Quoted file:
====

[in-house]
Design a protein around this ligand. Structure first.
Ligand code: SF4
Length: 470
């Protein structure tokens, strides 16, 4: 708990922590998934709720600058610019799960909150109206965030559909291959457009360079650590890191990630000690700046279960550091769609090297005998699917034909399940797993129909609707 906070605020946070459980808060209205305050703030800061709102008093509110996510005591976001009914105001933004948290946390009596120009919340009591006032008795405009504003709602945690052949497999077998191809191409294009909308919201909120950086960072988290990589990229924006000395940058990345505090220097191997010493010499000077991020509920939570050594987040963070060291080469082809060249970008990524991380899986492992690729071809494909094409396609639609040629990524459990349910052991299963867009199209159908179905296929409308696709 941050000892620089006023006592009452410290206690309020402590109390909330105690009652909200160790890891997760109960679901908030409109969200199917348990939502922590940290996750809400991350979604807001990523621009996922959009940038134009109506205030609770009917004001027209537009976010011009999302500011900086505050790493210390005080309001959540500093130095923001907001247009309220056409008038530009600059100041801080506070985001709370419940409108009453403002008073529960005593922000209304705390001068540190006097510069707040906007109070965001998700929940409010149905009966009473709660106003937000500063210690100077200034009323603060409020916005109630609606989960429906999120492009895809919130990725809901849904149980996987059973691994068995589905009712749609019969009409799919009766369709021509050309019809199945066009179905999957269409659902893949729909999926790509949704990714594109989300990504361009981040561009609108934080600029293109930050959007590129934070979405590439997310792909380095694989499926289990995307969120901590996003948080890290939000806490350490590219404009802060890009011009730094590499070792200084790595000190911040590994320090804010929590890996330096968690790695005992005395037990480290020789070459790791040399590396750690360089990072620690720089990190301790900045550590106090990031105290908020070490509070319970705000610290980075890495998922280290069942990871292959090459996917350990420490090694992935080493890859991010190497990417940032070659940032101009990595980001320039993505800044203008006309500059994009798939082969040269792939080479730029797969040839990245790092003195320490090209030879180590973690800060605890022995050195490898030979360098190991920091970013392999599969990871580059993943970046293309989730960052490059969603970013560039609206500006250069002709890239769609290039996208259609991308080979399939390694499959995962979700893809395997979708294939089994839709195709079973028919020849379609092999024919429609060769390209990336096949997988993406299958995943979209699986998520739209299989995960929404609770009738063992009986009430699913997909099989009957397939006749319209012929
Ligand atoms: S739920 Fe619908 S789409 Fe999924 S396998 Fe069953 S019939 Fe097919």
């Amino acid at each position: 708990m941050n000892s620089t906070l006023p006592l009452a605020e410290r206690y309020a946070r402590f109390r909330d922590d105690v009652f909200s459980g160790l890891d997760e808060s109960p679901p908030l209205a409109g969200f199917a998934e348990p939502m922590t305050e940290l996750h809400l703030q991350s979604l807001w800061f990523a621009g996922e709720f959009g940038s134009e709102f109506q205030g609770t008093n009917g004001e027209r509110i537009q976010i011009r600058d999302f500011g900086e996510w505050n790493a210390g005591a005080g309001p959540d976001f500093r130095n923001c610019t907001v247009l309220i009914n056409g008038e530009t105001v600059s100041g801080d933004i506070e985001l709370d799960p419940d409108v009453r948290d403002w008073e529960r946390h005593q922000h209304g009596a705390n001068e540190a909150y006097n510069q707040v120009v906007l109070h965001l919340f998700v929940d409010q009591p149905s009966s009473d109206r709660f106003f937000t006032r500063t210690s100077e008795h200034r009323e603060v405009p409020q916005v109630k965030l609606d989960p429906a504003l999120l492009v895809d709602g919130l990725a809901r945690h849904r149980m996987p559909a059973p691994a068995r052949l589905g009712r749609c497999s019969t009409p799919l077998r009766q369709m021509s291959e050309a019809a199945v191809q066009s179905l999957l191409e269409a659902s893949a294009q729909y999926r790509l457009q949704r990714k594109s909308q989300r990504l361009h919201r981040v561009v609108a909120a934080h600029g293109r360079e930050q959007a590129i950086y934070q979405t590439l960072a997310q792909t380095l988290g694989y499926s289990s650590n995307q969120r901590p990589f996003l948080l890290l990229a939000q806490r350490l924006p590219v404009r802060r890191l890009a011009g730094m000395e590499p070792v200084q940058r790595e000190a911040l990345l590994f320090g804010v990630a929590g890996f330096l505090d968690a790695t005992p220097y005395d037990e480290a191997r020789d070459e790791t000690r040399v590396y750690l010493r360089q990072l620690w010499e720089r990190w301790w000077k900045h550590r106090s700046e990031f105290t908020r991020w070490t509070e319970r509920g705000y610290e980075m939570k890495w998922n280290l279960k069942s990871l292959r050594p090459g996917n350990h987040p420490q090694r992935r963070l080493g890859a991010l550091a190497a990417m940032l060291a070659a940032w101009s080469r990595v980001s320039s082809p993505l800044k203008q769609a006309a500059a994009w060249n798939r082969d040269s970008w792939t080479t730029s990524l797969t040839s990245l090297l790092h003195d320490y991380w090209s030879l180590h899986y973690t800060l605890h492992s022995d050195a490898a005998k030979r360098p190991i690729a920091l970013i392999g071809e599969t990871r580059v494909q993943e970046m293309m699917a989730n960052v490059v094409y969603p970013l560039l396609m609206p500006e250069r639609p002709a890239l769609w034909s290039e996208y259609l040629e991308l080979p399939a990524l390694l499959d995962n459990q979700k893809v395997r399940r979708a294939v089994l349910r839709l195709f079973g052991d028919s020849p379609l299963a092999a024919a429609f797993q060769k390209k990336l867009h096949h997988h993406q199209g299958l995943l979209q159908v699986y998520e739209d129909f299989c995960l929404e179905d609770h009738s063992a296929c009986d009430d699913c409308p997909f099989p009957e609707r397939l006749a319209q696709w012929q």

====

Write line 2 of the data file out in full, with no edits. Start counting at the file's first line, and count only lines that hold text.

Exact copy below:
Design a protein around this ligand. Structure first.